If you do choose to bike through wine country you might find yourself on a leisurely ride through the vineyards and villages of of Cote De Beaune.  Here you could just possibly have your first sip of wine, which more than likely be the sparkling Cremant De Bourgogne.

WINE TIP:   visits to BEAUNE  increases in November for the annual wine auction, run by Christies.  The finest of wines are dragged from the basements and sold to the general public.

Beaune France

From there wine tastings in Meursault with Pommard, a hearty, but elegant wine to enliven the palate — the sophisticated Volnay wine and a buttery Meursault.

Excellent wines of choice…

Crémant de Bourgogne is a perfect pre-dinner drink, and in no way takes away from the fact that it is also a perfect accompaniment to food.  With the white and roses only  from this area being sparkling,  meticulously applied traditional skills from 1830 are enforced to achieve high-quality vinification.

Image result for images of Cremant De Bourgogne wine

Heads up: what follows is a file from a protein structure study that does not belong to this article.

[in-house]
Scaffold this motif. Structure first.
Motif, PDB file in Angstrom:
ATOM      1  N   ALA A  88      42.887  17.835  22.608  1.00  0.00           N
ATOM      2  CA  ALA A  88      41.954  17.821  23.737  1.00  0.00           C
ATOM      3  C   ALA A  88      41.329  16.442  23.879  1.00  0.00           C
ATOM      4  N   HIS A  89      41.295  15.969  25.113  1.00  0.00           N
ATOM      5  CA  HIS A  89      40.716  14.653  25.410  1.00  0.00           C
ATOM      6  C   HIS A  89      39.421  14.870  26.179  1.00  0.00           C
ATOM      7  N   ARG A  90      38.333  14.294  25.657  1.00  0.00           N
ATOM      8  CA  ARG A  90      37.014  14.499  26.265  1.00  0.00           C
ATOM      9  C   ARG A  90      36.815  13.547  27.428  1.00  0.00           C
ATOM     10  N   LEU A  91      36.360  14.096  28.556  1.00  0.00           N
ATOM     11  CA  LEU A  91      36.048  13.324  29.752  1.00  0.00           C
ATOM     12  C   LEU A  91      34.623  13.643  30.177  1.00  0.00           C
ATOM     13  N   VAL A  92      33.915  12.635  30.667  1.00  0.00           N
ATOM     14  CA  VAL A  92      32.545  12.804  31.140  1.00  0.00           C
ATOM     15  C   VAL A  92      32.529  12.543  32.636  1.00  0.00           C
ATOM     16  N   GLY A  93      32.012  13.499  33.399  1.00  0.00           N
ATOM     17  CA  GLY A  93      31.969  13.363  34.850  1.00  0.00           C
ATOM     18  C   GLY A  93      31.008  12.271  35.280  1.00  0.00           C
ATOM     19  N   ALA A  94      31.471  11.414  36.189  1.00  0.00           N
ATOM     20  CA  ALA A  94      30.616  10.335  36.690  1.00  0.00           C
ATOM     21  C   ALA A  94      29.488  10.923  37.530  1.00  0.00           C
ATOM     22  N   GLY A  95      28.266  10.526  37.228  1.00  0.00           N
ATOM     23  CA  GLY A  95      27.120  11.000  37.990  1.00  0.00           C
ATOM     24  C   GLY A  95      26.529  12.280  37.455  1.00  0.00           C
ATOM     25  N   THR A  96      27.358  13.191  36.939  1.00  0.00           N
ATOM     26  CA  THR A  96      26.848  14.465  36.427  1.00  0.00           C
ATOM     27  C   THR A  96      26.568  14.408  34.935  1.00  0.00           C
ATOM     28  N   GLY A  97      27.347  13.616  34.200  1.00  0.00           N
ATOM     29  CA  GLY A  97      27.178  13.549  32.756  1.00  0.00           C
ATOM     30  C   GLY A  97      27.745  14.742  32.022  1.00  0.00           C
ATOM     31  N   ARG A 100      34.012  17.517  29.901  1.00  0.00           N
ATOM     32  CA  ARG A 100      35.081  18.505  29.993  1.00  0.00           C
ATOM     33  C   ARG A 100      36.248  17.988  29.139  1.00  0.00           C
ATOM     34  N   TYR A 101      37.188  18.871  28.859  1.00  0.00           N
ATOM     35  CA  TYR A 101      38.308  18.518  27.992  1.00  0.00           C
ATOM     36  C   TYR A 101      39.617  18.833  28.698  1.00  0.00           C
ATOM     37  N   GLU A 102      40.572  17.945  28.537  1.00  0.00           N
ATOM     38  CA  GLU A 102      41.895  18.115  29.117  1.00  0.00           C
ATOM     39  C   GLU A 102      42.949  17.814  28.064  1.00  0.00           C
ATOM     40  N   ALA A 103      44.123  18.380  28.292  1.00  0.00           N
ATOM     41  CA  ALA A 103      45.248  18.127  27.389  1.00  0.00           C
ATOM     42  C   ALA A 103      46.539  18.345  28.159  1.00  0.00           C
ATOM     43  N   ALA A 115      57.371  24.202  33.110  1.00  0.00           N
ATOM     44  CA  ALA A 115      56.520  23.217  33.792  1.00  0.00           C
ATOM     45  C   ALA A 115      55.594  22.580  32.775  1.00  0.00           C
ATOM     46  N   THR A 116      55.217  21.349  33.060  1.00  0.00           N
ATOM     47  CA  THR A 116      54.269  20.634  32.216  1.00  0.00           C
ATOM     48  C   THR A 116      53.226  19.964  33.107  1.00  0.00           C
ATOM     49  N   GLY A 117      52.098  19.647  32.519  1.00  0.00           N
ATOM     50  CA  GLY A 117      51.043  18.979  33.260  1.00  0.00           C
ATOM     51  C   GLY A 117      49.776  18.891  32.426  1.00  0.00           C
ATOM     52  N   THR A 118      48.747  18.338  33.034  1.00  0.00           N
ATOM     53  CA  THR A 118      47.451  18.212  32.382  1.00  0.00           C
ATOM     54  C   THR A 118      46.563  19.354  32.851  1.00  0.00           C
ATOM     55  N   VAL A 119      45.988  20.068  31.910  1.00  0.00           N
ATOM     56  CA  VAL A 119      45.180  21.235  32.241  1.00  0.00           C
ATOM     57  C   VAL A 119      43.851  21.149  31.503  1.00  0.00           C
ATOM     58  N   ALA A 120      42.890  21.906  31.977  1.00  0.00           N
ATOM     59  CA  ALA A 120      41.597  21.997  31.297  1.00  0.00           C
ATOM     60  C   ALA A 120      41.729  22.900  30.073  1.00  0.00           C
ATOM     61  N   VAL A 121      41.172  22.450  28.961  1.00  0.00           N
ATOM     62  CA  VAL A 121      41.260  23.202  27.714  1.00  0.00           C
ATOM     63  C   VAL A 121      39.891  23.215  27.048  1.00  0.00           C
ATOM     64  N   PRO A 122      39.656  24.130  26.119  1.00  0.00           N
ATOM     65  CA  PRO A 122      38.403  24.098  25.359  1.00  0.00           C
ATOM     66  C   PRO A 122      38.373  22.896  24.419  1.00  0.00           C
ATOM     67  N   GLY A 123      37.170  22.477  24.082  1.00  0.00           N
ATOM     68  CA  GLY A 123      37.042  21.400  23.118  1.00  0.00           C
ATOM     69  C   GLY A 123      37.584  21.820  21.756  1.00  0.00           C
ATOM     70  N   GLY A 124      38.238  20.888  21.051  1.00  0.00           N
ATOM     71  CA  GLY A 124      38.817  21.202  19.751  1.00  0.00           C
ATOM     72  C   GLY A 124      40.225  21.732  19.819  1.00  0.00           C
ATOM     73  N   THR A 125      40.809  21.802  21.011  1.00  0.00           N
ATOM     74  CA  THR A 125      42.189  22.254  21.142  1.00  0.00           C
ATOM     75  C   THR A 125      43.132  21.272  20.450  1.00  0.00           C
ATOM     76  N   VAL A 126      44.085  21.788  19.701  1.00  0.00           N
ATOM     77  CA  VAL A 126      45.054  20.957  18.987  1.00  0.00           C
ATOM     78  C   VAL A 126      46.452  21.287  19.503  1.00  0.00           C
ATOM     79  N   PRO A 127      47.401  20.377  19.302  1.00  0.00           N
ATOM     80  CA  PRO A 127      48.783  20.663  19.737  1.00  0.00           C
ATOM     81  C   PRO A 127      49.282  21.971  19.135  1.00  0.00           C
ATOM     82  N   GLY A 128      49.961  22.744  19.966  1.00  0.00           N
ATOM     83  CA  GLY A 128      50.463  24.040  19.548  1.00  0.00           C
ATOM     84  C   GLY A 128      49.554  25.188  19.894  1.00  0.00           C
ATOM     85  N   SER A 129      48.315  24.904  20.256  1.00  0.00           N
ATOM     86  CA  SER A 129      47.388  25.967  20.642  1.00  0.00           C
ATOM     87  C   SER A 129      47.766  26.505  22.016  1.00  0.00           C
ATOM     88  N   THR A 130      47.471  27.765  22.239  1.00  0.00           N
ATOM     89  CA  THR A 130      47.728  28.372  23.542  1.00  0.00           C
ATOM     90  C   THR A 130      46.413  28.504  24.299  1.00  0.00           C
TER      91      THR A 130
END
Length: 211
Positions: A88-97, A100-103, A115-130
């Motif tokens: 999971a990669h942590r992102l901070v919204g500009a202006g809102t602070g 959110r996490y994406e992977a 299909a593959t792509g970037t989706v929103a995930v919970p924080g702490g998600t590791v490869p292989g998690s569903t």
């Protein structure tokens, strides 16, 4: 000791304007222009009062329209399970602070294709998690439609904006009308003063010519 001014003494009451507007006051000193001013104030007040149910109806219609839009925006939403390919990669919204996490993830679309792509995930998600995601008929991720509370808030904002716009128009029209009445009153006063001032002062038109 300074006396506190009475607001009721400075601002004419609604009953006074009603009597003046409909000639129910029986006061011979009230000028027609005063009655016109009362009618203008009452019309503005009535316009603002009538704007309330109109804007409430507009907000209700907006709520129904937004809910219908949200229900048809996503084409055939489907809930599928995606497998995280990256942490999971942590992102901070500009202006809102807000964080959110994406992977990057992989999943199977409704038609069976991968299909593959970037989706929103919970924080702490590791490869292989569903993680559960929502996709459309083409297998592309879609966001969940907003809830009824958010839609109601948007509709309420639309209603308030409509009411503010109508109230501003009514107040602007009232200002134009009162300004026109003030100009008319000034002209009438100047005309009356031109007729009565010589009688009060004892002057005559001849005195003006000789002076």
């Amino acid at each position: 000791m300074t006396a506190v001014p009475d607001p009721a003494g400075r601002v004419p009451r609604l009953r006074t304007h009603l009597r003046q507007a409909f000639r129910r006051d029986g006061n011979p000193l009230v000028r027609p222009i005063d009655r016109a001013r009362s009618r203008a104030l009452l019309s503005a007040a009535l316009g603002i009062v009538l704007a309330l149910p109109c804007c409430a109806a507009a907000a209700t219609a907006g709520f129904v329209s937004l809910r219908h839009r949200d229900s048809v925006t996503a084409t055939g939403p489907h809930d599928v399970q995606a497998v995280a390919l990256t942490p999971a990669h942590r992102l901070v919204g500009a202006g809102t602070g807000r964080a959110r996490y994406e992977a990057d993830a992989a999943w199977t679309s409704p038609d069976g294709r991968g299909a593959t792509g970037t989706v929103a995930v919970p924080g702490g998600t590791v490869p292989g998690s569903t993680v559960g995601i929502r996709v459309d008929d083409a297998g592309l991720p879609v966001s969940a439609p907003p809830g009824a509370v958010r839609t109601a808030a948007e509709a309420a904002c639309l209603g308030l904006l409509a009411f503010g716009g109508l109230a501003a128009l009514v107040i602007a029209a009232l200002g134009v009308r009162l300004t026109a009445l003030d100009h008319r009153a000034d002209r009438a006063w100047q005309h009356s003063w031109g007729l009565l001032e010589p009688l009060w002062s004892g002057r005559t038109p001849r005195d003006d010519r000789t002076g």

Pommard wine, a rich and “wild” red wine, gives aromatic hints redolent of blackberry, bilberry, or gooseberry, cherry pit and ripe plum! It is a wine deep red in colour, powerfully aromatic, solid and trustworthy.  It collaborates well with furry or feathered game, braised or roasted.   As well beefsteak, lamb or hearty stewed poultry responds well with this wine.  It is also a natural partner for cheeses that have developed flavours such as:  Époisses, Langres and Soumaintrain, or Comté.

Image result for images of pommard wines

Volnay wine is a delicate and feminine wine of Bourgogne.  Almost like biting in to a piece of fruit this wine has aromas of cherries, violets and perhaps gooseberries.  With time and aging it may give hints of different spices and cooked prunes.  This wine does well with glazed or roasted poultry dishes, which can receive the fruit and spice aromas of the wine.

 Meursault wine has a fresh taste of toasted almonds or hazelnuts with back flavors of mayflower, lime, elder and verbena — butter, honey and citrus fruits faintly present as well. It accompanies fish, veal and poultry very as well as grilled lobster, crawfish, or king prawns in sauce. Even blue cheeses and foie gras take to it immediately.

France is famous for its generous selection of wines – whites, sparklings, reds — sweet, dry, etc.  Whether you tour France on a bike through vineyards for complete immersion in the wine culture or if you just order a glass of wine in a Paris bistro, you will not be disappointed!